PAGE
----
Java example/sample for activity cancellation in response to a signal?

Hello! I’m trying to understand if the following is possible and supported with Temporal:

I would like to build a workflow which kicks off a long-running activity (e.g. ActivityExecutionContext.doNotCompleteOnReturn()). The activity is managing some local process (irrelevant I think to this question), and heartbeats probably 1x/second. We’ll probably have ~200k of these workflows running.

While the activity is running, we may receive a signal that changes some information about the “work” the activity is doing.

Ideally, I’d love the signal to somehow notify the activity itself about this new data, but I don’t believe this is possible. However, I read here: What is an Activity Execution? | Temporal Documentation

A Workflow can request to cancel an Activity Execution. When an Activity Execution is canceled, or its Workflow Execution has completed or failed, the context passed into its function is canceled, which also sets its channel’s closed state to Done . An Activity can use that to perform any necessary cleanup and abort its execution.

My interpretation of the above is that the workflow (or signal?) can request to cancel the activity, at which point the heartbeat would fail and the activity can perform any necessary cleanup. I assume I can then have an opportunity to invoke the activity again from the workflow with this new information I received from the signal.

I could not find any example of how to request activity cancellation from a workflow / signal in the docs for Java. I did a little searching and read some similar posts, but not quite showing me how to do what I’m describing:

  1. Asynchronous activity cancellation (Java SDK)
  2. Problems cancelling a running activity from parent workflow (Go SDK)

My questions are:

  1. Is what I’m describing possible and supported? And in the Java SDK?
  2. Can you please share a pointer to how I would invoke the activity cancellation from the signal code?

Thank you!

Hey @dpincas,

I believe this is what you were referring to:

Java doesn’t have a commonly used way to cancel computation besides a very unfriendly Thread. interrupt. So the Temporal framework uses its own CancellationScope abstraction. The code inside a CancellationScope is canceled when cancel is called on the surrounding scope. The main workflow method is always invoked in the context of a root cancellation scope. And this root scope is canceled when a workflow is canceled.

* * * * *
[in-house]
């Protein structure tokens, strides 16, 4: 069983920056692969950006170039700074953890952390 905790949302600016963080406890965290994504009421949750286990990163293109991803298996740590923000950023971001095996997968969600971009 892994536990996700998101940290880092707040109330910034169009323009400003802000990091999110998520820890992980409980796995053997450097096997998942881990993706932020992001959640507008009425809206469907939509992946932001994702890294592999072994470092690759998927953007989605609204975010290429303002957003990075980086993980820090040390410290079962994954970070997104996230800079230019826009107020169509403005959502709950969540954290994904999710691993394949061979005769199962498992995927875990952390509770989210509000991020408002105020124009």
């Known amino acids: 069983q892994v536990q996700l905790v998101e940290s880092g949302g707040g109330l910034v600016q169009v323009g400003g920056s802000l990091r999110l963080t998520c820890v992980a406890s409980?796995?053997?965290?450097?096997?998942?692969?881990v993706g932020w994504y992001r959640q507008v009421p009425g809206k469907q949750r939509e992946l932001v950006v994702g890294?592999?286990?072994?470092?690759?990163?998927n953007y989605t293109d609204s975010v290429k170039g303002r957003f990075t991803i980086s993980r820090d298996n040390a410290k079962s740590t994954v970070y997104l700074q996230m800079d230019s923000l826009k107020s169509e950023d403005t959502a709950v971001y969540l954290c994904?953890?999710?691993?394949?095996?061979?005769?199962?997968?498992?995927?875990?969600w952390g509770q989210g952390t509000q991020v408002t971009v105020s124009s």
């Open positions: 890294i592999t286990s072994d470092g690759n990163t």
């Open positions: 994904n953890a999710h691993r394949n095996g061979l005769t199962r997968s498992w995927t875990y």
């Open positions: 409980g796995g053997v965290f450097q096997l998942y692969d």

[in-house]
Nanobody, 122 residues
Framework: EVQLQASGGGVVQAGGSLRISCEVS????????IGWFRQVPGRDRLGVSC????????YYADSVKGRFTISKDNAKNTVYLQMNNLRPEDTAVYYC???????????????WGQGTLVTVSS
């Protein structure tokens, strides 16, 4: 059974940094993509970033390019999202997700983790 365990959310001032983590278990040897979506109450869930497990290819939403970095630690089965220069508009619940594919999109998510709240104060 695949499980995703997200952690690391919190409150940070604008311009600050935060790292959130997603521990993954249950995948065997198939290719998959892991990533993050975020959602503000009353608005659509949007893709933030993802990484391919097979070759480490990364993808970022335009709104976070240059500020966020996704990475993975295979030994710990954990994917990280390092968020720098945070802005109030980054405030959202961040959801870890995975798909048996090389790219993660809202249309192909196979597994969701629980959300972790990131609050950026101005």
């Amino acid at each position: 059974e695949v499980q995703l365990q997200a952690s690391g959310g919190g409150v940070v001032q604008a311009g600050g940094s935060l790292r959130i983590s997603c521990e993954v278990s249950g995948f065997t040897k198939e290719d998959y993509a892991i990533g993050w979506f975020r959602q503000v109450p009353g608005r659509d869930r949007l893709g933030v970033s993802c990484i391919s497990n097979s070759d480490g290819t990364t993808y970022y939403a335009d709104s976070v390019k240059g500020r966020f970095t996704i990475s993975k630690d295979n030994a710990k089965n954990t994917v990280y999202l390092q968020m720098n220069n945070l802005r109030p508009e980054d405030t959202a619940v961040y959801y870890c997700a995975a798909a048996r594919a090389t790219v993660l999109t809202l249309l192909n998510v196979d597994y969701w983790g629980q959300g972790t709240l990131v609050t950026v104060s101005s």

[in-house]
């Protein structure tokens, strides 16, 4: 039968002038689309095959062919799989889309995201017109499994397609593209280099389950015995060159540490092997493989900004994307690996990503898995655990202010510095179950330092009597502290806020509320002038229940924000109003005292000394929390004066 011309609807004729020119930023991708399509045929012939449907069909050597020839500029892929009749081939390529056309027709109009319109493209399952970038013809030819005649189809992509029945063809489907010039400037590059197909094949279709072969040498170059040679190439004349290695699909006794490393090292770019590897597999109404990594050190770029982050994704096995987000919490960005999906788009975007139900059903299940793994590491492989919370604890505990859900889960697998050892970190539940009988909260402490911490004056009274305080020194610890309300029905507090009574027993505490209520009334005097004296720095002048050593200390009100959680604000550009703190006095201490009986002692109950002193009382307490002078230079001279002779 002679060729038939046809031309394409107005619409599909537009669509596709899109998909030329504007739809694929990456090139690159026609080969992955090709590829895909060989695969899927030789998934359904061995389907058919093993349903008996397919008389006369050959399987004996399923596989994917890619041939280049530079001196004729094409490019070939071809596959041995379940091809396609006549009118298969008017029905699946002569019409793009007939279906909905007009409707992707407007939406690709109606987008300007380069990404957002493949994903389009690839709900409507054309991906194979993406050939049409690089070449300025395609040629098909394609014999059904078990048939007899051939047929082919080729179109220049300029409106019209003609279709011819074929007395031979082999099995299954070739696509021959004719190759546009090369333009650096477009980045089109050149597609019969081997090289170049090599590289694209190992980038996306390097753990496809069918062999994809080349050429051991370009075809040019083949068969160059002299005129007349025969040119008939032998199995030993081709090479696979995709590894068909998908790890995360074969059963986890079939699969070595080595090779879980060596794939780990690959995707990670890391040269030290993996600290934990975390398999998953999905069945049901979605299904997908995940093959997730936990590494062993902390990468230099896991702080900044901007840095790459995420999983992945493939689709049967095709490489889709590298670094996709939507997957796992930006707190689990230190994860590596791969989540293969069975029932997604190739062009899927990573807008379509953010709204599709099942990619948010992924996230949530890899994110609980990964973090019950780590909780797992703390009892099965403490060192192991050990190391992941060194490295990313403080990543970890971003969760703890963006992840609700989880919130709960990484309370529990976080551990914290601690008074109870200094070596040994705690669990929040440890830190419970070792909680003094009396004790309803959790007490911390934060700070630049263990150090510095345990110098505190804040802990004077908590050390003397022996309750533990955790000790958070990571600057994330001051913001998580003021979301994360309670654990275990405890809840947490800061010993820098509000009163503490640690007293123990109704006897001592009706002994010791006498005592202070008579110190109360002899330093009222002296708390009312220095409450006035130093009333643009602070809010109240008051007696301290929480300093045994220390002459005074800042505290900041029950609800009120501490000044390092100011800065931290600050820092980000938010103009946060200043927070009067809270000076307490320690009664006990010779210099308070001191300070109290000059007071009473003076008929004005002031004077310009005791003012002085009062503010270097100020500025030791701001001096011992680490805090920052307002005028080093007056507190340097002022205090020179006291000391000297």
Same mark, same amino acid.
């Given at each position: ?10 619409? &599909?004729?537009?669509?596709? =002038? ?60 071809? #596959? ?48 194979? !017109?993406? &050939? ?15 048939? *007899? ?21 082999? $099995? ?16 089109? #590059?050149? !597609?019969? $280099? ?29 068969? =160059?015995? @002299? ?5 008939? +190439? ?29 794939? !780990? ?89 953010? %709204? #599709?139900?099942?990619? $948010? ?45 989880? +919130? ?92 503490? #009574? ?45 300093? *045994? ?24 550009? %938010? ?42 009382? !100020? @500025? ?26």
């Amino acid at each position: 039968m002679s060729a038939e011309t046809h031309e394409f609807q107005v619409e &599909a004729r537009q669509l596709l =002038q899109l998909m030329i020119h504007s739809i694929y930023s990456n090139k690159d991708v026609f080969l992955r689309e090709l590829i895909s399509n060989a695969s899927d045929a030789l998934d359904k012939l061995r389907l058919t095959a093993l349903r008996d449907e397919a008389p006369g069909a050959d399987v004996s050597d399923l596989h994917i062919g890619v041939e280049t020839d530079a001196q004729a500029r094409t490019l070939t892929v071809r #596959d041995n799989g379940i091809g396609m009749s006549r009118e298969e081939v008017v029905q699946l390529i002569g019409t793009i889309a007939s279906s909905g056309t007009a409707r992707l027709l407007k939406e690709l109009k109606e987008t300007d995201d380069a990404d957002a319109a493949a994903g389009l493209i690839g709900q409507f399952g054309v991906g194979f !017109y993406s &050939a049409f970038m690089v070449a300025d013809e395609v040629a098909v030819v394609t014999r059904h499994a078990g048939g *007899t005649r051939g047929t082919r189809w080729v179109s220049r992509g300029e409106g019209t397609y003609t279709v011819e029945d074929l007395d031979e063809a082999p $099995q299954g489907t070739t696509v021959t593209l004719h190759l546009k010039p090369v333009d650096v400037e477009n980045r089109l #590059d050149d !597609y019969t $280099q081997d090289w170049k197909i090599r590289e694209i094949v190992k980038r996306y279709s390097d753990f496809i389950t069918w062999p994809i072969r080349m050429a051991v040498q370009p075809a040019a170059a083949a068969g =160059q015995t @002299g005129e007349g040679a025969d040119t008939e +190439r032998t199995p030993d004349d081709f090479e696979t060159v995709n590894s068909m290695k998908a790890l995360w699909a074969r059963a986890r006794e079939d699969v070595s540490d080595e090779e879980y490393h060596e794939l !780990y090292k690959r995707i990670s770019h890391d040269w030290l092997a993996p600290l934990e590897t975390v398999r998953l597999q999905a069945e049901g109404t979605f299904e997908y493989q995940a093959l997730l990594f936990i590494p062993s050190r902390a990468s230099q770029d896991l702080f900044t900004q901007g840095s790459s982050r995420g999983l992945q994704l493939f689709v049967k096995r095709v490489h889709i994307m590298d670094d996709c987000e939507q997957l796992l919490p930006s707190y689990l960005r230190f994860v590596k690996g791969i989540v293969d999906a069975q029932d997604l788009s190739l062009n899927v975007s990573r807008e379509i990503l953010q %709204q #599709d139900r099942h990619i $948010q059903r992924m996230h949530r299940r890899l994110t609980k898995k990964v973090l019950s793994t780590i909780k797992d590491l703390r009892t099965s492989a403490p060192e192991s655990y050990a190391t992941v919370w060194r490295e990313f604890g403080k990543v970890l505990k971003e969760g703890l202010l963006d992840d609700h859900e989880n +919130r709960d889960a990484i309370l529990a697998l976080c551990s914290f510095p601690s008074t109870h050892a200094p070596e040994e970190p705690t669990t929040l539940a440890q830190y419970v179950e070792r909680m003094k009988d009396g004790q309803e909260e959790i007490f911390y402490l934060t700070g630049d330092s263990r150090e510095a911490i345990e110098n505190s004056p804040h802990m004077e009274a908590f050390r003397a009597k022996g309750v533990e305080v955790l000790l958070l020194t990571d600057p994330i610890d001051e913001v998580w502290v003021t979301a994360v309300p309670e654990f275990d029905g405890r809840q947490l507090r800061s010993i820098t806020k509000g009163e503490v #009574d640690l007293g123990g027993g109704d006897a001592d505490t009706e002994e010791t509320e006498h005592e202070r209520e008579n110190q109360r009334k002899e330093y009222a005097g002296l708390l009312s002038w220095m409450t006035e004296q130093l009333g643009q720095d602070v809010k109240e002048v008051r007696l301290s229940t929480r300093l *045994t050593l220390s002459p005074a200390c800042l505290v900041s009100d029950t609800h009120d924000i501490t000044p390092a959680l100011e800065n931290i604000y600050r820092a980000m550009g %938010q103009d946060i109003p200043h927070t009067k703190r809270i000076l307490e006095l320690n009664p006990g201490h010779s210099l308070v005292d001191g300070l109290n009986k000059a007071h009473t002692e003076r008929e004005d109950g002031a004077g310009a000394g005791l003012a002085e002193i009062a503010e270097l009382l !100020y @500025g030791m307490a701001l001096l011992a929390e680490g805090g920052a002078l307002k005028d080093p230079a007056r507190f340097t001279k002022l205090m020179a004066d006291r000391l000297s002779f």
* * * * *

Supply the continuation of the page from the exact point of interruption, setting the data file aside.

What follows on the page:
The behavior of an activity invocation is controlled through ActivityOptions.cancellationType property. It can have three values: WAIT_CANCELLATION_COMPLETED, TRY_CANCEL, ABANDON. The WAIT_CANCELLATION_COMPLETED blocks the activity invocation until the activity is canceled or completed, TRY_CANCEL sends cancellation to the activity, but immediately fails its invocation in the workflow code and ABANDON doesn’t send cancellation and immediately fails it in the workflow code. For an activity to get canceled it must heartbeat as heart beating is the only way at this point to send information to an already executing activity.

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The child workflow has similar ChildWorkflowOptions.cancellationType property with the similar behavior.

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Just to add to @jreynolds7 answer, here is a small standalone demo that shows activity cancellation from signal handler (with activity cleanup). Its very similar to HelloCancellationScope in samples-java repo.

would like to build a workflow which kicks off a long-running activity (e.g. ActivityExecutionContext.doNotCompleteOnReturn() )

Not sure why you want to use ActivityCompletionClient, can you explain?


Thank you both! I wasn’t sure if I could reference the cancellation scope from my signal method. @tihomir your example spells things out very clearly.

I do not need to, but it seemed simpler for my use-case. Referencing the docs here, I assumed we could indicate that the activity lifecycle is long-running (longer than just the method invocation) by calling ActivityExecutionContext.doNotCompleteOnReturn() so that the activity method could return and it would not complete. In my case, the activity is responsible primarily for registering some information on a separate thread in the Java process and heartbeating. When the heartbeat fails (e.g. worker death, long GC, or cancellation received from the workflow), it would unregister/cleanup.

Are you suggesting that it would be better to not use ActivityExecutionContext.doNotCompleteOnReturn() and instead simply loop/Thread.sleep() in the activity method? If so, can you share your reasons so I can understand?

Thanks again!